The SpinQuest experiment will make use of the same spectrometer used in SeaQuest; this spectrometer was described in great detail in this article. On this web page, we give only a summary of the functions of each spectrometer element.
The primary goal of the spectrometer is to identify pairs of positive and negative muons from the leptonic decay of a virtual photon produced via quark–anti-quark annihilation, the so-called Drell-Yan process. This electromagnetic process has a much smaller yield than the strong-interaction processes that occur in the beam-target interaction, and so it is necessary to filter out the many hadrons produced, using thick iron absorbers. In our spectrometer there are two such absorbers.
The SpinQuest polarized target will replace the liquid H2, D2, and solid targets used in SeaQuest, and will be placed farther upstream to improve our ability to distinguish between target and beam-dump events.
The FMag is a combination hadron absorber, bending magnet, and beam dump. It both absorbs the enormous number of charged hadrons (primarily pions and kaons) produced in the target, and performs the first bending of the muons that we seek to detect.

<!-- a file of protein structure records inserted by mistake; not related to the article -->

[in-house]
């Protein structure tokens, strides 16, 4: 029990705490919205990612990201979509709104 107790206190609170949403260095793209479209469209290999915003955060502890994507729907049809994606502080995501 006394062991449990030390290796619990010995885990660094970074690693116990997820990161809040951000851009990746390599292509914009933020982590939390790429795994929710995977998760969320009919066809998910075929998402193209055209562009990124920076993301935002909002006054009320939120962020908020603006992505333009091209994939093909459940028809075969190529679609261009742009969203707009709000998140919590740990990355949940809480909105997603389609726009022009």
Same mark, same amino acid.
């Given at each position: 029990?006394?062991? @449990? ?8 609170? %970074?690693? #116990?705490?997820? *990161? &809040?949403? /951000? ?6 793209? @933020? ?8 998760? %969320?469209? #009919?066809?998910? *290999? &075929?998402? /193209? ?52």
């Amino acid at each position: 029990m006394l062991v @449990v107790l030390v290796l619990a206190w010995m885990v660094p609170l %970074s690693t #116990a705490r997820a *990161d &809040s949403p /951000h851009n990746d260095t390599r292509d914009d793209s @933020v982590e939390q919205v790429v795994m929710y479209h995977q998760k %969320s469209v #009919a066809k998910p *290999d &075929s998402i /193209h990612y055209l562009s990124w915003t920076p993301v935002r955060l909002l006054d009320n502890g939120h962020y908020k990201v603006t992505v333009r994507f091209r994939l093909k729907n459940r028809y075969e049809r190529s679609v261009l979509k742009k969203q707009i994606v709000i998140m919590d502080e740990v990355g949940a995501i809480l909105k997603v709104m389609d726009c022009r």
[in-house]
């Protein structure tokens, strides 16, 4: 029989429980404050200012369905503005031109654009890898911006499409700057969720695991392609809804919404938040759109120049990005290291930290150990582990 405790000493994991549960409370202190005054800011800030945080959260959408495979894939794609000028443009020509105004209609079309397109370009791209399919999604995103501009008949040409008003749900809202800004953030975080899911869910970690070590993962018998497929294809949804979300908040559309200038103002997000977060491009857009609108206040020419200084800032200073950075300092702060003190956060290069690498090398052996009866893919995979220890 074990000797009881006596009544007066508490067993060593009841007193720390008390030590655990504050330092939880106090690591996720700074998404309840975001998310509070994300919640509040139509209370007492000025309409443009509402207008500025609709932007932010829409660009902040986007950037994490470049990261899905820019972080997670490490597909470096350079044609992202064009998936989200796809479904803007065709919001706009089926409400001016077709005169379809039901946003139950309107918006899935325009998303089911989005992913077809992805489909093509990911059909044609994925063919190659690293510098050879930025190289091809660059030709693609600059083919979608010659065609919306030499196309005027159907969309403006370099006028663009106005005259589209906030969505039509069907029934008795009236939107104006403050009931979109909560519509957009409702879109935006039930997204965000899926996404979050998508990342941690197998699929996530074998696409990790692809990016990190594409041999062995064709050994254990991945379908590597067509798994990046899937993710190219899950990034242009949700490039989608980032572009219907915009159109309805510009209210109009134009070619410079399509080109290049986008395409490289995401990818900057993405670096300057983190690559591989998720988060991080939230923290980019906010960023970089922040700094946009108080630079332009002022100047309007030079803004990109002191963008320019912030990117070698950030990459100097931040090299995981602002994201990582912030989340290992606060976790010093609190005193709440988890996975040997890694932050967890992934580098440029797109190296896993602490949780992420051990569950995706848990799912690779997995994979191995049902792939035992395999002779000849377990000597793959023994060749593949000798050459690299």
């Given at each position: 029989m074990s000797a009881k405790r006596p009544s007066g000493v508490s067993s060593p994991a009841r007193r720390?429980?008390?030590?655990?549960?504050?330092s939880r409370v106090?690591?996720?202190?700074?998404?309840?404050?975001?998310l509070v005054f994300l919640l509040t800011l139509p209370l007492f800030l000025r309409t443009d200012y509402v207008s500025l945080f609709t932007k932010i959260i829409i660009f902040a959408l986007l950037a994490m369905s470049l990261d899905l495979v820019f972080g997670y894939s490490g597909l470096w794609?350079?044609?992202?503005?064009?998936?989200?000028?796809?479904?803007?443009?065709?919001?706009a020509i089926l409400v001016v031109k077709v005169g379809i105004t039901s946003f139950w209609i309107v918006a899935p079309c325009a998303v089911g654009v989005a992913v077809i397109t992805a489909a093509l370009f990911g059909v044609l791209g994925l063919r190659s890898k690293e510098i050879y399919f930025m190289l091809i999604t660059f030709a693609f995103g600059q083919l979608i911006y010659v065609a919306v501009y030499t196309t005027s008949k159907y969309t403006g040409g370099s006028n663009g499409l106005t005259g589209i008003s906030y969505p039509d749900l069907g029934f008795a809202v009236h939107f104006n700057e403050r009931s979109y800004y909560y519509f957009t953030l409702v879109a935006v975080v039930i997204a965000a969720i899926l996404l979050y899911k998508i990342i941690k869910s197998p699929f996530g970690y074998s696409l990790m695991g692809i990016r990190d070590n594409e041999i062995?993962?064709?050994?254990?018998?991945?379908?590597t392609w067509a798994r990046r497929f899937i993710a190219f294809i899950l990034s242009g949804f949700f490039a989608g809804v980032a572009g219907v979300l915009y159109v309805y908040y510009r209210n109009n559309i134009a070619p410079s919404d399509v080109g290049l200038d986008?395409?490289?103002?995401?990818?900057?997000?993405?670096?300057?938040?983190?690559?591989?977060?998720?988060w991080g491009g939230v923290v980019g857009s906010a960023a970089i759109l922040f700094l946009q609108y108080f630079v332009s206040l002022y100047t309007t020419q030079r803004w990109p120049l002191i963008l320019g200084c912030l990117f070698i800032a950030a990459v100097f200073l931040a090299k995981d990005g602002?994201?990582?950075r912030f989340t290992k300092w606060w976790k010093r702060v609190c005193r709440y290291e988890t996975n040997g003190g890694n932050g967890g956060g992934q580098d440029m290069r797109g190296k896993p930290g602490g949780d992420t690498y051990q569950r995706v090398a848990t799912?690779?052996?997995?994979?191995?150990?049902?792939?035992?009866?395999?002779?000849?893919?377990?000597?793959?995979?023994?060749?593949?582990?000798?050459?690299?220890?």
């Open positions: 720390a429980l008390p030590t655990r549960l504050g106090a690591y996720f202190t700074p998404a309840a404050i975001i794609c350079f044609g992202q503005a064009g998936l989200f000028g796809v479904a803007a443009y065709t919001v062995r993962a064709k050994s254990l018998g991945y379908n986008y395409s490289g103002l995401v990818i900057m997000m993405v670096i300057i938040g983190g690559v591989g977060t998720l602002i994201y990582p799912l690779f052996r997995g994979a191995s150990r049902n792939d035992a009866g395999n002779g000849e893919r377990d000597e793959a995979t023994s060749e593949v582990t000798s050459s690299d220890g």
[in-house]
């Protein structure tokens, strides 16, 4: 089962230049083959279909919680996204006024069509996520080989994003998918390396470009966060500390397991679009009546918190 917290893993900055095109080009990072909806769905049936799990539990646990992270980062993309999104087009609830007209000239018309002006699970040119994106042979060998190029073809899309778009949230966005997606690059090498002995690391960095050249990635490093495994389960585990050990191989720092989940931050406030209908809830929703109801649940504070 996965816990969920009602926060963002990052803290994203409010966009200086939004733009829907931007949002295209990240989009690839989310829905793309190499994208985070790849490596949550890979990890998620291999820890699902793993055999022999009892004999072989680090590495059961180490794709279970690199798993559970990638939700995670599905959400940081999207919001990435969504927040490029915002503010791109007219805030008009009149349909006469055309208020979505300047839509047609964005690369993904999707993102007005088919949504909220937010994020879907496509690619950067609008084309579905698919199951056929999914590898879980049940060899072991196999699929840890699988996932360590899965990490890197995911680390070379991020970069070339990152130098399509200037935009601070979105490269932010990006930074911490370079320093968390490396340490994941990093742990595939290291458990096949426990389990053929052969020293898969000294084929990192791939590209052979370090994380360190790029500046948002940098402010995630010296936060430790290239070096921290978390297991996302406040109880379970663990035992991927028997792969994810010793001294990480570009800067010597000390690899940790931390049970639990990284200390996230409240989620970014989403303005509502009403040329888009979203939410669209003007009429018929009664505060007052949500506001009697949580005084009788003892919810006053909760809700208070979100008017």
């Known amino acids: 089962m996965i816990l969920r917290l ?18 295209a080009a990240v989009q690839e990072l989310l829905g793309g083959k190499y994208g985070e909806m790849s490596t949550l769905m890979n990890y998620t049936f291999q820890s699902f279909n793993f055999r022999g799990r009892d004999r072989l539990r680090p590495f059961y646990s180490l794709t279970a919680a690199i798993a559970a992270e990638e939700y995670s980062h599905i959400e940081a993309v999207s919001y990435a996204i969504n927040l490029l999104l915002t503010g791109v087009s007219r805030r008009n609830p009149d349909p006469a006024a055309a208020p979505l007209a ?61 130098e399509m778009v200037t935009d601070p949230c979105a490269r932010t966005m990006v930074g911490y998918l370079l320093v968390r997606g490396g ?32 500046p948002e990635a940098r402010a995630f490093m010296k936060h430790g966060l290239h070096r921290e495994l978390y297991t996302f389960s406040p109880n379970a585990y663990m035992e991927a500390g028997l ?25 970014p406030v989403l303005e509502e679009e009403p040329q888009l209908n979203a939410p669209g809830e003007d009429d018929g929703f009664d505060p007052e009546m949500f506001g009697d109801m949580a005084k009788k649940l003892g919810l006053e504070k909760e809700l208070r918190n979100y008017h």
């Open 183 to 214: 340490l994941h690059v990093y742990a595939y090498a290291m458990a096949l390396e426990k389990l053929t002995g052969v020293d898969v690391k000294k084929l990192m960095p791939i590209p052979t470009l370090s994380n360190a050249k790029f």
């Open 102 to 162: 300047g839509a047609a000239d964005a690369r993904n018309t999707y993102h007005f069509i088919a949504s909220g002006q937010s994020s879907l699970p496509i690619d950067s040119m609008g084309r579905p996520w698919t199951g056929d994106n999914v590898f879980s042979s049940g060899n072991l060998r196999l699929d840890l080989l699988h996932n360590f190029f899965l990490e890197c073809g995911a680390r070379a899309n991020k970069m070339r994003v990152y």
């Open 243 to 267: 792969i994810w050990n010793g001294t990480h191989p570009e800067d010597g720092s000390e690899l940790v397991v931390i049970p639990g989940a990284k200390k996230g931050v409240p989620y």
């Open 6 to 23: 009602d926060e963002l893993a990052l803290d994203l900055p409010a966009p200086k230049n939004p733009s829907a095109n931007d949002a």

Immediately following the FMag are a set of hodoscopes and wire chambers (Station 1) that provide the first triggering and tracking information, respectively.
The KMag, originally used in the KTeV experiment, is an open magnet that additionally bends the tracks of the muons, and is our primary tool for measuring the momentum of the muons.
Immediately following the KMag are a set of hodoscopes and drift chambers (Station 2); after an open drift space another set of hodoscopes and drifts chambers (Station 3) are in place.
Following Station 3 is a solid iron Hadron Absorber. This is needed because not every hadron is absorbed in the FMag; if a track seen in Stations 1-3 disappears in the Hadron Absorber, then it was probably not a muon.
The triggering and tracking package is completed by the Station 4 hodoscopes and proportional tubes following the Hadron Absorber.